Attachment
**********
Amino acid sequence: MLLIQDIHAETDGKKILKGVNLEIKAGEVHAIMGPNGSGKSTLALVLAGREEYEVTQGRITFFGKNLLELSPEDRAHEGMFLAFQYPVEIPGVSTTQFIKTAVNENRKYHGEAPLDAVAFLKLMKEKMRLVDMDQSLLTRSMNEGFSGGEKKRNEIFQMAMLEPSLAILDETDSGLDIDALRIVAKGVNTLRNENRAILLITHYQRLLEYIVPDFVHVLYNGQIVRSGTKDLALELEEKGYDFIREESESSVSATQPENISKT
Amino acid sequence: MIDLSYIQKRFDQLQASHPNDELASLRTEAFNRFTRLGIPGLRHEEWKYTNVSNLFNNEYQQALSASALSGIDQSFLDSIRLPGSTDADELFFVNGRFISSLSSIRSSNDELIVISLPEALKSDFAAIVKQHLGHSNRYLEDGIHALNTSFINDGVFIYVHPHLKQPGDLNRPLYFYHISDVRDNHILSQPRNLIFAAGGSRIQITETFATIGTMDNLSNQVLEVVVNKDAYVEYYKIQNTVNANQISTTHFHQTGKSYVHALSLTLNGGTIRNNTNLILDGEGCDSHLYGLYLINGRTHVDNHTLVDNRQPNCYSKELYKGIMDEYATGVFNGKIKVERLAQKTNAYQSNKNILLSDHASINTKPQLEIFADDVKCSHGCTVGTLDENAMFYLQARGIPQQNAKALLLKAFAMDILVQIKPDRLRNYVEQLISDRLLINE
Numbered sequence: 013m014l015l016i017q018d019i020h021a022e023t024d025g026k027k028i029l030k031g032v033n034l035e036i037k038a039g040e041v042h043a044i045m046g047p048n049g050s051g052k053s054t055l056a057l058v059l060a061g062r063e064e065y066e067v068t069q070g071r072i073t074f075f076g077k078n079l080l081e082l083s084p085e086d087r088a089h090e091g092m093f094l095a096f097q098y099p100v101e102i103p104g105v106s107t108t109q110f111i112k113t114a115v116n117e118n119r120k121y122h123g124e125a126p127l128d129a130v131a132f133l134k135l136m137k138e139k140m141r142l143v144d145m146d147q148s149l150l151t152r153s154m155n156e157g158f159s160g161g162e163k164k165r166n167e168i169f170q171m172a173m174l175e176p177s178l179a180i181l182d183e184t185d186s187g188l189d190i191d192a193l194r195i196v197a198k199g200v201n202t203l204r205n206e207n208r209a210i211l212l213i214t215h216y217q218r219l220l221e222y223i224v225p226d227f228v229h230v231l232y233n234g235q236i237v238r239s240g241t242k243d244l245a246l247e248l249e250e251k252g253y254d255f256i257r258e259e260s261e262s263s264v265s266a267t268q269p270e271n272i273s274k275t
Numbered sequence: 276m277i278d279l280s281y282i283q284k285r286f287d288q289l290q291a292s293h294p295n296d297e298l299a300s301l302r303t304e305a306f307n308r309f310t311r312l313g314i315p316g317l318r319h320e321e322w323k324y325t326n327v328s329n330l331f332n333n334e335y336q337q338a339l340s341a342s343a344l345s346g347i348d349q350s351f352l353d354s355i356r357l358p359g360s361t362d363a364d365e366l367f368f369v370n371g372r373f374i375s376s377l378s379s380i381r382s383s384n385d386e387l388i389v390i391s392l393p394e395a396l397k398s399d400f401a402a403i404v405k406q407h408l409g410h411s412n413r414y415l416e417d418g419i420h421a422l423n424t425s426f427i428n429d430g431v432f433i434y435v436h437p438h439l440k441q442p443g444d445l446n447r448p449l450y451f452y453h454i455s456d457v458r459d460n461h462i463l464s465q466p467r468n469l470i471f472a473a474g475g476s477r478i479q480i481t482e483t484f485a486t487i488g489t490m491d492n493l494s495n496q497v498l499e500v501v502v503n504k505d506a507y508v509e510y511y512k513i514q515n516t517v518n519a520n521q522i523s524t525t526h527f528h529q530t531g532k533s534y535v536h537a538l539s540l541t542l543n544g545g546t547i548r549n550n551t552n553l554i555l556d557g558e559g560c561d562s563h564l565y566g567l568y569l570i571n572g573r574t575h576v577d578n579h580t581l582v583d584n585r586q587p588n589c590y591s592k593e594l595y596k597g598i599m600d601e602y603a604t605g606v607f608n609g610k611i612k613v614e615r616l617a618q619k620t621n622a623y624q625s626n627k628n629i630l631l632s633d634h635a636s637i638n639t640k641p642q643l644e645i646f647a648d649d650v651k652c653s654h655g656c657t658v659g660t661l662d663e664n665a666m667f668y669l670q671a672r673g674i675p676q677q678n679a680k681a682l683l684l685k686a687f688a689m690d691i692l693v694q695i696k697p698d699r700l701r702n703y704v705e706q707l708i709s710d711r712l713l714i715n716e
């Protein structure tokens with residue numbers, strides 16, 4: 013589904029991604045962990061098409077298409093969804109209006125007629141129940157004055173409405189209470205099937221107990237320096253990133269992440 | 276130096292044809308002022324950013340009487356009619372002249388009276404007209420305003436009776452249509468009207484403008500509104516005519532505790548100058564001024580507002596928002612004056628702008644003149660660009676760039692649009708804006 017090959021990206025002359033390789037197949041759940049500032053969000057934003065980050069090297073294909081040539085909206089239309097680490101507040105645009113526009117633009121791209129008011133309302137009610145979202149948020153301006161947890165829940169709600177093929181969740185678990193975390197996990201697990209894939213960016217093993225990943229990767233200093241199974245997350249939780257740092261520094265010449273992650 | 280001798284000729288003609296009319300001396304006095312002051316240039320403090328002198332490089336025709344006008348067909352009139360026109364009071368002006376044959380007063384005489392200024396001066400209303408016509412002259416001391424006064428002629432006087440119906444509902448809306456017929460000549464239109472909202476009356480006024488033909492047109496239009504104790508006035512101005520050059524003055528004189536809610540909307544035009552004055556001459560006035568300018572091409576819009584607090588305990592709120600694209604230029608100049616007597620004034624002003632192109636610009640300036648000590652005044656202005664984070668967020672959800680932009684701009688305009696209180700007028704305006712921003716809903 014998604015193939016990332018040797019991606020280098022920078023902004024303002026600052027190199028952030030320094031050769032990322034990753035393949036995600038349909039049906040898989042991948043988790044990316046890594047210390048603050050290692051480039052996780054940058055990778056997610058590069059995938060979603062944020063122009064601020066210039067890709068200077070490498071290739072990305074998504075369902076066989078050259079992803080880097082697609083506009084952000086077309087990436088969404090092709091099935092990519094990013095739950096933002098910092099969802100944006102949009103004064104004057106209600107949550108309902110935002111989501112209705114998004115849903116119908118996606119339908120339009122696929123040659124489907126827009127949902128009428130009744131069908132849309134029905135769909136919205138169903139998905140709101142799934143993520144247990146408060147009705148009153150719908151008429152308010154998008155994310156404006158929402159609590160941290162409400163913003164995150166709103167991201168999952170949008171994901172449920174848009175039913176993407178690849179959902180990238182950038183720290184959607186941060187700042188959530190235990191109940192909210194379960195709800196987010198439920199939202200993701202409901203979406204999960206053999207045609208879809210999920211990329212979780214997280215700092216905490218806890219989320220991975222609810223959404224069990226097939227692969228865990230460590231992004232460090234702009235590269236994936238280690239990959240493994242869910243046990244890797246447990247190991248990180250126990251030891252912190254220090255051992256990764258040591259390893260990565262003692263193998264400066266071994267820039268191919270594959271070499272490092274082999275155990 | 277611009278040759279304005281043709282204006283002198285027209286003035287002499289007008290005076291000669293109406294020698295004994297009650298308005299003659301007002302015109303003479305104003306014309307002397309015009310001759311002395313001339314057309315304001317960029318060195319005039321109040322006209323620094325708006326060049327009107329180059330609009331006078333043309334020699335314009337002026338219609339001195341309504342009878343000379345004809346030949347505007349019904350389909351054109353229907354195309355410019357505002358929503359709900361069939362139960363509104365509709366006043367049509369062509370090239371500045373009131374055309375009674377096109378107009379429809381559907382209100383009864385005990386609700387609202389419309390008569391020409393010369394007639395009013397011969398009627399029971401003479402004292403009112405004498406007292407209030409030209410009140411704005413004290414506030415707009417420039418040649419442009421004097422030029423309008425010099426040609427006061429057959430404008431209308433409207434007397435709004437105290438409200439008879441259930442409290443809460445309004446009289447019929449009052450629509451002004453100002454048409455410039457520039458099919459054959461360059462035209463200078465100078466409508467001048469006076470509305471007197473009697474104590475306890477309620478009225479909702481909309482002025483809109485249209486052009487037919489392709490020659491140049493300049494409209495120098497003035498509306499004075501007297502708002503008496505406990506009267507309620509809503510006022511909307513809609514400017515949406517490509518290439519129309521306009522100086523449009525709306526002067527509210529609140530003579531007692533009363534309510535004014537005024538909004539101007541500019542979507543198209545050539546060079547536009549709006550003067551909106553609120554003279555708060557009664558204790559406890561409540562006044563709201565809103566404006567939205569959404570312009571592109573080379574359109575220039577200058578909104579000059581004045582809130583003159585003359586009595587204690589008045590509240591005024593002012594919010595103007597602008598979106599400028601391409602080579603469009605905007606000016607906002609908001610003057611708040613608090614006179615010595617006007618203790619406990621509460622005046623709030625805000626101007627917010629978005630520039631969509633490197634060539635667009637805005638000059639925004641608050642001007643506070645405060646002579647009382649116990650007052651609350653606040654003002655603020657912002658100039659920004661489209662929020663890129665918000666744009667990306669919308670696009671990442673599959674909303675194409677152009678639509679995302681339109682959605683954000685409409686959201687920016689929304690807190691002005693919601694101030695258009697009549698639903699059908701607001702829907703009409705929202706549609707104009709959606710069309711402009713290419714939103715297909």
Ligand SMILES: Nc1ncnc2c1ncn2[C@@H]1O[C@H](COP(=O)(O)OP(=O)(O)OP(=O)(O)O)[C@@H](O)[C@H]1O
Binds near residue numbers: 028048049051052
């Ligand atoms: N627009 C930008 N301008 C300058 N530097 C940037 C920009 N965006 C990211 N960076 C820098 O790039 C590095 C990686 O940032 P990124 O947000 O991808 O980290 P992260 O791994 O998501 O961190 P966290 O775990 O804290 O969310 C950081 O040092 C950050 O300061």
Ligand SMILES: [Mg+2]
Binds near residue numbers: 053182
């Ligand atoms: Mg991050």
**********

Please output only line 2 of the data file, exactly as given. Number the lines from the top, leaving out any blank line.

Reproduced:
Amino acid sequence: MIDLSYIQKRFDQLQASHPNDELASLRTEAFNRFTRLGIPGLRHEEWKYTNVSNLFNNEYQQALSASALSGIDQSFLDSIRLPGSTDADELFFVNGRFISSLSSIRSSNDELIVISLPEALKSDFAAIVKQHLGHSNRYLEDGIHALNTSFINDGVFIYVHPHLKQPGDLNRPLYFYHISDVRDNHILSQPRNLIFAAGGSRIQITETFATIGTMDNLSNQVLEVVVNKDAYVEYYKIQNTVNANQISTTHFHQTGKSYVHALSLTLNGGTIRNNTNLILDGEGCDSHLYGLYLINGRTHVDNHTLVDNRQPNCYSKELYKGIMDEYATGVFNGKIKVERLAQKTNAYQSNKNILLSDHASINTKPQLEIFADDVKCSHGCTVGTLDENAMFYLQARGIPQQNAKALLLKAFAMDILVQIKPDRLRNYVEQLISDRLLINE